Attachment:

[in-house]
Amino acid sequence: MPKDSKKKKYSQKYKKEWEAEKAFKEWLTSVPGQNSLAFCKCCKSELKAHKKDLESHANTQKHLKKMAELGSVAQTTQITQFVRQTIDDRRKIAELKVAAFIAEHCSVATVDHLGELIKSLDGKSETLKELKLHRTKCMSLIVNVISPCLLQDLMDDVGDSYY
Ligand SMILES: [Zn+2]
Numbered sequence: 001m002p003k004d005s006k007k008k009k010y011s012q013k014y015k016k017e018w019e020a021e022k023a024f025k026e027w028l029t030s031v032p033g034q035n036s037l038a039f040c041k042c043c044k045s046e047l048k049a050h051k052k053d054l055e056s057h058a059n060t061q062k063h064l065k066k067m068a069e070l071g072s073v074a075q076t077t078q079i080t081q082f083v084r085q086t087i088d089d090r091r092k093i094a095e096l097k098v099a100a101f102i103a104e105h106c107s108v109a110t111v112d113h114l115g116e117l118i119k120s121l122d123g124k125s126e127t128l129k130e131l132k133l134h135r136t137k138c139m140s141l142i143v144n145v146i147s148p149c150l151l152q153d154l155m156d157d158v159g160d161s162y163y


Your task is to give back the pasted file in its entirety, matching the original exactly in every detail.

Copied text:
[in-house]
Amino acid sequence: MPKDSKKKKYSQKYKKEWEAEKAFKEWLTSVPGQNSLAFCKCCKSELKAHKKDLESHANTQKHLKKMAELGSVAQTTQITQFVRQTIDDRRKIAELKVAAFIAEHCSVATVDHLGELIKSLDGKSETLKELKLHRTKCMSLIVNVISPCLLQDLMDDVGDSYY
Ligand SMILES: [Zn+2]
Numbered sequence: 001m002p003k004d005s006k007k008k009k010y011s012q013k014y015k016k017e018w019e020a021e022k023a024f025k026e027w028l029t030s031v032p033g034q035n036s037l038a039f040c041k042c043c044k045s046e047l048k049a050h051k052k053d054l055e056s057h058a059n060t061q062k063h064l065k066k067m068a069e070l071g072s073v074a075q076t077t078q079i080t081q082f083v084r085q086t087i088d089d090r091r092k093i094a095e096l097k098v099a100a101f102i103a104e105h106c107s108v109a110t111v112d113h114l115g116e117l118i119k120s121l122d123g124k125s126e127t128l129k130e131l132k133l134h135r136t137k138c139m140s141l142i143v144n145v146i147s148p149c150l151l152q153d154l155m156d157d158v159g160d161s162y163y